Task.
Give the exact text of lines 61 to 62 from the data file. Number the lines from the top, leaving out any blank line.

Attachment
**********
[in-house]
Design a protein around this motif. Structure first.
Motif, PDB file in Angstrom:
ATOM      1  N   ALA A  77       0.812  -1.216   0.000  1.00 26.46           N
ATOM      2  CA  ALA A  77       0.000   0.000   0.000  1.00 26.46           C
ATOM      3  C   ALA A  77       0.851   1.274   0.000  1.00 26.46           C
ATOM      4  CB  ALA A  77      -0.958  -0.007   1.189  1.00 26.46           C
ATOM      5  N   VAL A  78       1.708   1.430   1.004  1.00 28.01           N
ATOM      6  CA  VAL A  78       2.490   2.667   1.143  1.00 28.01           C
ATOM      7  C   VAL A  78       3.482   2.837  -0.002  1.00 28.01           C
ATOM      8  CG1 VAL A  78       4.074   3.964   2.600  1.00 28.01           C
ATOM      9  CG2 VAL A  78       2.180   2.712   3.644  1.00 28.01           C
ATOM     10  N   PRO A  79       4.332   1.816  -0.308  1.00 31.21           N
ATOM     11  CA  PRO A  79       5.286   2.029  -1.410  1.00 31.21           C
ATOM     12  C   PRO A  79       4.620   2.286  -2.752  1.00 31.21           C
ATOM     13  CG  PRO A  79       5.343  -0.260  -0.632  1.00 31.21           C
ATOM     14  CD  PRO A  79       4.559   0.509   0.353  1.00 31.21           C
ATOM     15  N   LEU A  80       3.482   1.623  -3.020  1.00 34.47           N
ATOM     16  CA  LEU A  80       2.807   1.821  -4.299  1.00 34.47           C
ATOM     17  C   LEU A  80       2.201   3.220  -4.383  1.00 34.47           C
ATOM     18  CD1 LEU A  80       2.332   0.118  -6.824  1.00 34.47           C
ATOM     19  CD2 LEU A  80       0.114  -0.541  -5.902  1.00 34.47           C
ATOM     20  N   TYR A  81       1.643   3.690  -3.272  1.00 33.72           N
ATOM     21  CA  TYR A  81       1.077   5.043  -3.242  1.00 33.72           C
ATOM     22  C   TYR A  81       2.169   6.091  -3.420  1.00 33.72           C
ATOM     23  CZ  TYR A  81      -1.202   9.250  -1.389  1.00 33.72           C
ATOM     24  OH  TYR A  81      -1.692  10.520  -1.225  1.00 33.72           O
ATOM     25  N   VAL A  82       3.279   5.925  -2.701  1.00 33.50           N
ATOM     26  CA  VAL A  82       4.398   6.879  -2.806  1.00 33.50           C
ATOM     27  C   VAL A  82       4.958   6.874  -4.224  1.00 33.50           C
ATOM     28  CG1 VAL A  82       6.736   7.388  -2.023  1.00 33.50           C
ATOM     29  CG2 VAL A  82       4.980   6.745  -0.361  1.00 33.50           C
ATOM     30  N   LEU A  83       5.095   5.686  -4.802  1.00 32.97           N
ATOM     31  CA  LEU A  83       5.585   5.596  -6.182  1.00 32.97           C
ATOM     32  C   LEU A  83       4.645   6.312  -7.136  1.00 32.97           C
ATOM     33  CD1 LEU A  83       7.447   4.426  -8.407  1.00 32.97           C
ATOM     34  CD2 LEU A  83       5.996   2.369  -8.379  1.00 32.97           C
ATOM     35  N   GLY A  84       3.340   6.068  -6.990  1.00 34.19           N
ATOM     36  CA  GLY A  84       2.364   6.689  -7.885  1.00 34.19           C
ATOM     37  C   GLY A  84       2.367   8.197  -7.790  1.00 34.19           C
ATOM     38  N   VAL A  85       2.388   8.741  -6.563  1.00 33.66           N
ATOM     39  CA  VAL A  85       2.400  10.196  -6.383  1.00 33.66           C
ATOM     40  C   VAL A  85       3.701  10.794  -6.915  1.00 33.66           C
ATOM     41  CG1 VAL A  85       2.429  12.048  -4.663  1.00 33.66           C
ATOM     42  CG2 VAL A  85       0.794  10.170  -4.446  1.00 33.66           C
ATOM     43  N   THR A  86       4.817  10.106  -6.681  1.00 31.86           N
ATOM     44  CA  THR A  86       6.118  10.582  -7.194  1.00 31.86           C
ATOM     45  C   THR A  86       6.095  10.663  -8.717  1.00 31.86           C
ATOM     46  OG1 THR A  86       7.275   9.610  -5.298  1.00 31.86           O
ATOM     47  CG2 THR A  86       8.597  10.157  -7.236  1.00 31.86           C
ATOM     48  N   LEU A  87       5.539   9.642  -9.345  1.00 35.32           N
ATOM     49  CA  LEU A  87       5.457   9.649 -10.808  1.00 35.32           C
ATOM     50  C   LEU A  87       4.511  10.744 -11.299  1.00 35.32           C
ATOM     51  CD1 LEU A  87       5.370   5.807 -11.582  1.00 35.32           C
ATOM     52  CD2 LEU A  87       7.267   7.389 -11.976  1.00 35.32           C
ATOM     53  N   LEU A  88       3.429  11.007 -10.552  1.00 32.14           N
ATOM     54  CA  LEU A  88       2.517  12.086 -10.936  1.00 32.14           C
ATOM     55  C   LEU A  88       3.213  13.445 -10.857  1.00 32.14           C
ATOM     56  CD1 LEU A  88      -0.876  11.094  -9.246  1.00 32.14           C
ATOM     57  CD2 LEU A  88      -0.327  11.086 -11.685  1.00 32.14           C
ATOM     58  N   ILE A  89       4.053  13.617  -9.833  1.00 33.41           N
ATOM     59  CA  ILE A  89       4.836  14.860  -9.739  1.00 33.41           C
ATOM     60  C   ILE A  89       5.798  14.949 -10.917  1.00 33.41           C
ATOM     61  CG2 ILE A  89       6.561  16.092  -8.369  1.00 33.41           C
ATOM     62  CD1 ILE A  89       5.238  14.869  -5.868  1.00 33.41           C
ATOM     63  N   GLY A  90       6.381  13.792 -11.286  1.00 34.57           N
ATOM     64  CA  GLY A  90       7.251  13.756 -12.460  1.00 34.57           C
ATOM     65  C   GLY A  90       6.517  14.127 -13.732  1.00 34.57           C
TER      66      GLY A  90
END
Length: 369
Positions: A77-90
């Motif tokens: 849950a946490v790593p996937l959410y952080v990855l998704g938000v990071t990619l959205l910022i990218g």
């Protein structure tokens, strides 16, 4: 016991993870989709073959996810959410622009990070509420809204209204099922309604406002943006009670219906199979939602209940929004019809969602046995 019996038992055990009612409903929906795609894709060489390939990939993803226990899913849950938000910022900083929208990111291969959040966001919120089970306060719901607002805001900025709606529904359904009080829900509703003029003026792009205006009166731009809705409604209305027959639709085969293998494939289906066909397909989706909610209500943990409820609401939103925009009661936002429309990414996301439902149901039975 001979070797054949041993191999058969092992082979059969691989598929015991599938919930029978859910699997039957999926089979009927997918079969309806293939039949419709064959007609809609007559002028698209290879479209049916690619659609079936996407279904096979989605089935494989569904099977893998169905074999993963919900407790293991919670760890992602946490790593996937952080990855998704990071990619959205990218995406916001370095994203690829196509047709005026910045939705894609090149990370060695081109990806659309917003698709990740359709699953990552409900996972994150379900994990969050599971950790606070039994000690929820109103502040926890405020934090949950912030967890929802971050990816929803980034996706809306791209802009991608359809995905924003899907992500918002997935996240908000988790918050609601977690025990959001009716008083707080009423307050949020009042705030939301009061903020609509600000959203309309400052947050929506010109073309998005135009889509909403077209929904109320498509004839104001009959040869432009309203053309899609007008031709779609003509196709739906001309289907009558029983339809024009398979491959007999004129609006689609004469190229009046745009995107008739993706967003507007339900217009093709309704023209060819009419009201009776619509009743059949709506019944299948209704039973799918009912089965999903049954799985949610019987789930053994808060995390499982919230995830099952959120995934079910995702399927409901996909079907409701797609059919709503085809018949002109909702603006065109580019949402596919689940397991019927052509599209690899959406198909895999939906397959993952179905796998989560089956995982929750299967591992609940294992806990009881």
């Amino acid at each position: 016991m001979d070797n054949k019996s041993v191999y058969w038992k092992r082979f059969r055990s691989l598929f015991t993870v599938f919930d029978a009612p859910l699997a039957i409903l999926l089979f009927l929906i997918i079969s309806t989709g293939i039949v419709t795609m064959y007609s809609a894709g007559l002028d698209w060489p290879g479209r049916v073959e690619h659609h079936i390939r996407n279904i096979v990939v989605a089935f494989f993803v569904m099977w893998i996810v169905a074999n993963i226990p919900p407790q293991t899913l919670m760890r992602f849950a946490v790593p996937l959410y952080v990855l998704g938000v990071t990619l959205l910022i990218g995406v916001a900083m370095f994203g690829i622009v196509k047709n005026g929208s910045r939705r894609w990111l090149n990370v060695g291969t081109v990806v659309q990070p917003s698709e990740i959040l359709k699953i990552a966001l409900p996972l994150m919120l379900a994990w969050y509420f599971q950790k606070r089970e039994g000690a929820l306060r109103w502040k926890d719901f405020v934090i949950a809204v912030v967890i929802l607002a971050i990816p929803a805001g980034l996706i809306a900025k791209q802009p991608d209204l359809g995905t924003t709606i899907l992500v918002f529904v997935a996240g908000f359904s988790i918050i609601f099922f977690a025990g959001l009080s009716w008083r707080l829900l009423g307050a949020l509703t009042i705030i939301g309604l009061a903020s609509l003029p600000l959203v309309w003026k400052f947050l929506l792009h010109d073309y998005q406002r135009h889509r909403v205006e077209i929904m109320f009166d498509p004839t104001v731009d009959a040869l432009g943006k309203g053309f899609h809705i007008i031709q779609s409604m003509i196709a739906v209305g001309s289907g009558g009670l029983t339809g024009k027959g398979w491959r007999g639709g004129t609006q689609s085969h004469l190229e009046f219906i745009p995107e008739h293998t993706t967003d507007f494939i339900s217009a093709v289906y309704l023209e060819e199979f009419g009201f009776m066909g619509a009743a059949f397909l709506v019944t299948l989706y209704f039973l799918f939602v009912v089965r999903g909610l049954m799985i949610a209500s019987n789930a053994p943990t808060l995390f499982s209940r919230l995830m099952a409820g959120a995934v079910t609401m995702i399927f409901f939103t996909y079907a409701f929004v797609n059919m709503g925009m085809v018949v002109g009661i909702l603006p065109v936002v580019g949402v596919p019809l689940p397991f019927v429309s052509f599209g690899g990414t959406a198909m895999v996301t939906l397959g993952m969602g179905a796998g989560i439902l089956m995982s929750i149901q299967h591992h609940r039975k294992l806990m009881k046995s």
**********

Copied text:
ATOM     58  N   ILE A  89       4.053  13.617  -9.833  1.00 33.41           N
ATOM     59  CA  ILE A  89       4.836  14.860  -9.739  1.00 33.41           C